Transitions

Brain Stimulation

Several years ago, my dad took my mom to a hospital in Boston to have repetitive transcranial magnetic stimulation (rTMS) on her brain.  From what he said, there were only a few places conducting this treatment around the world.  She wore a cap on her head and, as she did different activities on a tablet, the technicians would use magnetic fields to send small electrical impulses to different parts of her brain.

The treatment seemed to be a success.  Apparently, it is like bringing the person with Alzheimer’s disease back to where they were about three years prior, in terms of memory and cognition.  It can only take place within certain stages of the disease and it does have a limit on what it can do.  After my dad brought her back for a second treatment, it was determined that it did not achieve much success.

This is one of those things which I wished I had asked my dad more questions about.  I really am not sure why the second treatment did not work as well. I do not really know what the treatment did, exactly.  However, I do wonder if there have been studies that followed people who received this treatment.

 I find myself wondering if my mom is experiencing some negatives of the treatment now.  For instance, her short-term memory is gone, and she is going back into her childhood, so the disease is progressing, but there is part of her brain that is still very much aware.  She is very aware that she has been put in a place where she doesn’t want to be.  She still uses very large vocabulary that keeps fooling the staff.  After conversations with her myself, sometimes, I find myself thinking, yes, she should be in an apartment and traveling and doing all the things she wants to do.  And then, I am brought back to the reality of the situation.  She cannot go five miles in the car without getting agitated.  She does not know she takes medication.  She doesn’t know what took place five minutes prior to the moment.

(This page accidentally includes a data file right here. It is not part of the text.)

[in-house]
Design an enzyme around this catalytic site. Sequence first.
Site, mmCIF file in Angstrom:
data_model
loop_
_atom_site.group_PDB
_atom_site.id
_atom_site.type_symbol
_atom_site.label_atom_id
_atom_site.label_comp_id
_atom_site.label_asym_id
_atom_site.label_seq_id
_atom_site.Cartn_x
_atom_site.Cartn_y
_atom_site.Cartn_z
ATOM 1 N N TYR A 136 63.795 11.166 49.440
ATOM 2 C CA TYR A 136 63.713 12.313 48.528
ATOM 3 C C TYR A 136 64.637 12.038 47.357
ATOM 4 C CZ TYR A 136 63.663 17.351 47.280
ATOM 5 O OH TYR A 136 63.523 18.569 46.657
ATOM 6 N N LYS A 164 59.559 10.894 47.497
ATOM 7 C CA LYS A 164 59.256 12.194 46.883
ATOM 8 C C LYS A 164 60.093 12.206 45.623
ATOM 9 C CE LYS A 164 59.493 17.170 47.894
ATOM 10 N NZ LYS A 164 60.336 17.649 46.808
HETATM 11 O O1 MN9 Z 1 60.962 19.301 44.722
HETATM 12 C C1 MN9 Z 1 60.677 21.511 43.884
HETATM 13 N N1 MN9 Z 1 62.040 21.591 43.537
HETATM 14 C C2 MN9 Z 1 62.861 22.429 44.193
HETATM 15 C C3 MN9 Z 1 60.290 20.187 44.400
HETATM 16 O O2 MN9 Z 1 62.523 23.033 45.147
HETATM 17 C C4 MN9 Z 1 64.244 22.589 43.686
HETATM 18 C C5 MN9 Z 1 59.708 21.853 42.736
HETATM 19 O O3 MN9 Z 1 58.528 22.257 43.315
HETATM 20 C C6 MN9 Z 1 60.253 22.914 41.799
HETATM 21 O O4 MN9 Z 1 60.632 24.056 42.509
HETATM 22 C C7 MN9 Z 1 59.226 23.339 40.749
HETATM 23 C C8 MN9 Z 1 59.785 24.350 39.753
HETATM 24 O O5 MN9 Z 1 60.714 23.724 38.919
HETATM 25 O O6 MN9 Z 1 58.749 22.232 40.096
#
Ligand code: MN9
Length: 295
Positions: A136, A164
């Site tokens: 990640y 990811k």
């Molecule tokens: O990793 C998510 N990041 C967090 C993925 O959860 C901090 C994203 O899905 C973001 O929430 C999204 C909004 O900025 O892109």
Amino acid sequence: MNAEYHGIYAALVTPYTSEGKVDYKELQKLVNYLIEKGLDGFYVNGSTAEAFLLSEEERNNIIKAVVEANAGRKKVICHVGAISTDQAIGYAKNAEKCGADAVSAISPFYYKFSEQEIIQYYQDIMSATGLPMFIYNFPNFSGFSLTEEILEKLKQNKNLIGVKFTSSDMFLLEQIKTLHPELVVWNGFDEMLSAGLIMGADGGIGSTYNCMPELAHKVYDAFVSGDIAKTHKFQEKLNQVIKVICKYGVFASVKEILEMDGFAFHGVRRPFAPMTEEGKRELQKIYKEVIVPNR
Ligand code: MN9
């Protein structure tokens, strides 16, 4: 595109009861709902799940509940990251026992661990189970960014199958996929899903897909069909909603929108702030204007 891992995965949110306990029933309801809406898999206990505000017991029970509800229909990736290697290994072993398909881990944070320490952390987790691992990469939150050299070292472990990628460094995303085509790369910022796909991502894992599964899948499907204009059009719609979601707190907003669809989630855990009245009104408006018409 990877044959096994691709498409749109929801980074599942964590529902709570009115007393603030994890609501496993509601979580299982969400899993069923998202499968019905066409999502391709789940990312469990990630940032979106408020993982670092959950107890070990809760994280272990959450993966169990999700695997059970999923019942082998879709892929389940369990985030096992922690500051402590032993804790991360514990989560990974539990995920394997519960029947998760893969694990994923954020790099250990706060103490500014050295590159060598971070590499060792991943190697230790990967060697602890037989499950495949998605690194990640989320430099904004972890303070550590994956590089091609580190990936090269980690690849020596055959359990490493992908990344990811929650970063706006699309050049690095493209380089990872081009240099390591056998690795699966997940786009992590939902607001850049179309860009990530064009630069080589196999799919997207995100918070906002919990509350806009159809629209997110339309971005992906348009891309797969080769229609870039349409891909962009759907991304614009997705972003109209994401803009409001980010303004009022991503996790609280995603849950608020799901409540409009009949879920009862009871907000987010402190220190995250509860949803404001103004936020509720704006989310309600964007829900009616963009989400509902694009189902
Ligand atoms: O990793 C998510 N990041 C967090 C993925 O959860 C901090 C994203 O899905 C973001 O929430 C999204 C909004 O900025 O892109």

So, she still has ideas about what she would like to be doing and understanding of what her life was before, but she doesn’t understand her limitations that are keeping her from living the way she wants to be living.  I am not sure if this is very different from other people with Alzheimer’s, but I do know everywhere that she has been, the staff have let us know that she is very different from other people that have been in their care.  Could it be the brain stimulation?  If it is the case that it offers a downside further down the road for the person, would they or their caregivers still think it worth it to get three more years on the front end?

Never too cold for ice cream! Enjoying life on a trip to Disney World .

I guess with many treatments there are downsides. I know that my parents were able to keep traveling for a while and enjoying life, so it was probably worth having it done. We may be living the downside right now and just have to accept that these consequences were worth it! 

Here is a link to an article my dad had sent us in 2017 about rTMS.

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